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Women Reveal Their Best Kept Secrets For Keeping Their Marriages Happy

Photo: Radomir Jordanovic / Pexels
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Marriages and relationships are hard to maintain. It takes love, empathy, compassion, and compromise. Even then, the divorce rate in the United States ranges between 40 and 50%.

Every relationship is different and what works for one couple may not be the best option for the next.

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One person took to the subreddit, r/AskWomen, to ask, “What is something you do with your significant other that other people find weird?”

Women shared all the things they do to keep their relationships alive.

We’ve all heard that absence makes the heart grow fonder, but one woman doesn’t subscribe to that train of thought.

One woman said she spends every waking hour with her partner.

She wrote, “We actually like each other and love spending most of, if not, all our time together. We’ve been that way since we started dating in high school/for 20 years. People find it odd we are inseparable after all this time.”

Surprisingly, many co-signed her and her husband’s close attachment. Someone posted, “Very similar to my husband and I. We've both said that we're the only people that don't drain our energy.”

“We both WFH (work from home) and split up his giant office to build my office and sometimes we feel too far apart, so I'll take my laptop and work from a bean bag next to him.”

They might be onto something. Researchers from the Minnesota Population Center found that married people are almost twice as happy when they are with their spouse as when they are not.

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Communication is key.

One woman shared a strange ritual she and her hubby partake in. She shared, “We make a lot of weird noises back and forth at each other. Usually when we are home alone.”

“It's just like a 'touching base' thing to acknowledge the other's presence or check-in. But sometimes I forget we are in public and bust out a turkey gobble at the bar or in the middle of the grocery store.”

Couples having their own private language is not an uncommon occurrence. According to The Cut, many couples develop their own lexicons based on a mutual understanding or inside jokes.

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Some couples refuse to fight over the covers.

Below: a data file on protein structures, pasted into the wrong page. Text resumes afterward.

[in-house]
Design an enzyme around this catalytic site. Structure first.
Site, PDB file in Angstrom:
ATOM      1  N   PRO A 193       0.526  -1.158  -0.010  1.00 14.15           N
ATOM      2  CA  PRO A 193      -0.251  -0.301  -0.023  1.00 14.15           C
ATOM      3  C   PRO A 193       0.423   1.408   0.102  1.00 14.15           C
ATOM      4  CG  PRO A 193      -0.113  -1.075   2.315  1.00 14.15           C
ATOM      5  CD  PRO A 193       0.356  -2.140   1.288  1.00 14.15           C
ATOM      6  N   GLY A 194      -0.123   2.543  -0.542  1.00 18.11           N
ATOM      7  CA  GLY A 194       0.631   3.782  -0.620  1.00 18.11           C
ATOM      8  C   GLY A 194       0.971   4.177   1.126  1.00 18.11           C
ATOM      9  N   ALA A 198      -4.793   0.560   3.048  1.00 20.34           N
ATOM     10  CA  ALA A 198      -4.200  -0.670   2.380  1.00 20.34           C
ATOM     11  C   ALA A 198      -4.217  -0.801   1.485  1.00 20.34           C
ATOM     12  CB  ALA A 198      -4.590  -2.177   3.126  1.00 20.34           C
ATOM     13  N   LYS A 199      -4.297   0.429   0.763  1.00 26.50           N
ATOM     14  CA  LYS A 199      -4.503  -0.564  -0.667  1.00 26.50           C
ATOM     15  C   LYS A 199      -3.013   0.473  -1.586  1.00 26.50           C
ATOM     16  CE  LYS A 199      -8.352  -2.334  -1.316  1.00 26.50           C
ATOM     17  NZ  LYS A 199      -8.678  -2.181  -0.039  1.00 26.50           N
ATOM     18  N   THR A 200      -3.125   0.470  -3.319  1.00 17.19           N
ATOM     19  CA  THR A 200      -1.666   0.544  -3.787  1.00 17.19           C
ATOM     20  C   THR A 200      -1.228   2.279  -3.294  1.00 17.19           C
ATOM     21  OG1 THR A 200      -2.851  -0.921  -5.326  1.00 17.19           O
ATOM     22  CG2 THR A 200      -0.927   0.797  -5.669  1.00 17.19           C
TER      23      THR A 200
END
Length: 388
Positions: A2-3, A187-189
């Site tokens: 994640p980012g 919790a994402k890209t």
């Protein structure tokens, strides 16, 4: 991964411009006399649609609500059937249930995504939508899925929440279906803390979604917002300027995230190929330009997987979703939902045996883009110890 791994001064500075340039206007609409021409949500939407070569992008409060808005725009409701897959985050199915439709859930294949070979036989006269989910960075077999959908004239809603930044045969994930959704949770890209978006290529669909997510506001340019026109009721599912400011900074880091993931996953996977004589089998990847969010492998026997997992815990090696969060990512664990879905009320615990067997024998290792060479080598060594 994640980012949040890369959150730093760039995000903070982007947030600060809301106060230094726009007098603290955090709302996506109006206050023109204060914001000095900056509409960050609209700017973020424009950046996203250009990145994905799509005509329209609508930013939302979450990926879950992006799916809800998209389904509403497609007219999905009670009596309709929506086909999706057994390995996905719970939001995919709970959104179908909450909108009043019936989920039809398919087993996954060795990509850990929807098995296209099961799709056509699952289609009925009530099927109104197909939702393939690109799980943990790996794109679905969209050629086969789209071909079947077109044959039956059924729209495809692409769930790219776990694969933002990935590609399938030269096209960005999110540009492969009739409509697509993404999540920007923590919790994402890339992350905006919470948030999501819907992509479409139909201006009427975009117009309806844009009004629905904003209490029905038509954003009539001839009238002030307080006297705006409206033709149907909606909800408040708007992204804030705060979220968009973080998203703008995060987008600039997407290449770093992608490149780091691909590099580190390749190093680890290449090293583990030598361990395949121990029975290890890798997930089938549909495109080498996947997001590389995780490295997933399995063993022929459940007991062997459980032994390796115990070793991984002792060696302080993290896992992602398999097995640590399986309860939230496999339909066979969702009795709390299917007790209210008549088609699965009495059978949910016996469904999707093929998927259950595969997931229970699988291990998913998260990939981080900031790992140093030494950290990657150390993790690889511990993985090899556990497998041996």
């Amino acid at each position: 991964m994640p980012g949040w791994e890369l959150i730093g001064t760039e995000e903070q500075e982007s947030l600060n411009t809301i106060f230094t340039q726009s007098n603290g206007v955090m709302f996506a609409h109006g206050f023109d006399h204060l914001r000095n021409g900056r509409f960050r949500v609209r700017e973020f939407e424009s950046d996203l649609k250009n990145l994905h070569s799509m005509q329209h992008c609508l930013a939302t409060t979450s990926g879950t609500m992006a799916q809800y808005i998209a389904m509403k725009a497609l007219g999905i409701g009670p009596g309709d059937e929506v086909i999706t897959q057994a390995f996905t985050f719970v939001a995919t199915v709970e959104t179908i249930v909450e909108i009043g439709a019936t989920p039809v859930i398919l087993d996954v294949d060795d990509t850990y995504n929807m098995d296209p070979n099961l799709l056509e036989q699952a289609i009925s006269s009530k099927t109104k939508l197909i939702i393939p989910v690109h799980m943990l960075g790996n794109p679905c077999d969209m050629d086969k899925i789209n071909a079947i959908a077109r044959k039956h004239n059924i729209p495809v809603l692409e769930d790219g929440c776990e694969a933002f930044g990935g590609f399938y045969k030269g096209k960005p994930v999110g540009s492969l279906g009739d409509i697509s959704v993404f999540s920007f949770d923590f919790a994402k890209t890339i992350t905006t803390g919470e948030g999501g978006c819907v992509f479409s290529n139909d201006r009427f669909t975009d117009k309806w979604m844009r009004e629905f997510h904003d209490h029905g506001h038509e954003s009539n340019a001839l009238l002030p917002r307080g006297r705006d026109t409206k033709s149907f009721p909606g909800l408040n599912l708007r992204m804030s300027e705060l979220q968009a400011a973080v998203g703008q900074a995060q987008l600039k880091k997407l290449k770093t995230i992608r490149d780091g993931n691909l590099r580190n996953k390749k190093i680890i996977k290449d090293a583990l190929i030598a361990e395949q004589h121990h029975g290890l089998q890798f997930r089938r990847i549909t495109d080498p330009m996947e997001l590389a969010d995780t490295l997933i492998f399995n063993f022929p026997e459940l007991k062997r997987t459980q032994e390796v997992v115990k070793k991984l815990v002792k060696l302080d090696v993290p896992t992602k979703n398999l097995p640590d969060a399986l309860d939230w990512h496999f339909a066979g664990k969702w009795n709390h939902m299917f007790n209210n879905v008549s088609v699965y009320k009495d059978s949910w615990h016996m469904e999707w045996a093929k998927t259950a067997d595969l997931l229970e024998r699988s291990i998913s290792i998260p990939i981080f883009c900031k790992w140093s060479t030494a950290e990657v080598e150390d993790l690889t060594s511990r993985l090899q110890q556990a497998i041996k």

Another Redditor shared the trick to keeping nighttime arguments at bay. She posted, “Use separate blankets at night. No more stealing covers from the other!”

The woman that co-signed the idea shared her own experience, “We do this! I need something heavy, and he needs something lighter because he’s always hot. Has worked beautifully for us!”

Many agreed and shared that they do the same. One person offered a fun fact saying, “I’m Finnish and separate covers are pretty common in Finland, so I always want to do this with my partner. My English boyfriend is not a fan though.”

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Some choose to have a sleepover in the guest bedroom.

“We have a guest bedroom. Sometimes we sleep in the guest bedroom instead of our bedroom. It’s like a little “sleepover” feeling that’s sort of fun.”

Married life can get mundane. Changing your environment from time to time can liven things up and renew the spark between you and your partner.

Others move into separate homes.

“We live apart but within walking distance from each other. I think it's great and works really well for us, but people get so confused by the concept.”

It sounds strange but living apart as a married couple is becoming more commonplace. According to the Wall Street Journal, 13% of newlyweds live apart, up from 6% in 1980.

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One couple cooks and eats separate meals.

One woman shared an interesting practice. She commented, “My husband and I eat completely different meals even when we eat together at home.”

“I’ve had friends in the past act like this is insane, but we have very different appetites and tastes, so we cook all our own meals. We still eat/cook together most nights, but very rarely do we eat the same thing.”

When people get married, they automatically give up parts of themselves to make the relationship work. Who says we have to eat the same thing our spouse eats every single day?

Others prioritize dates.

“We’ve been told on more than one occasion that it’s weird when we go to Starbucks and just chat for 2-3 hours. We do this probably monthly.”

The woman that shared her and her husband’s propensity for sitting in the local Starbucks and talking instead of just doing it at home said people just could not understand their logic.

Every person has unique preferences and needs that make them feel loved and protected.

Whatever a couple’s habits that keep them connected are, it’s important that both parties are seen and heard. When everyone is on the same page, marriage can be a breeze.

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NyRee Ausler is a writer from Seattle, Washington, and author of seven books. She covers lifestyle and entertainment and news, as well as navigating the workplace and social issues.

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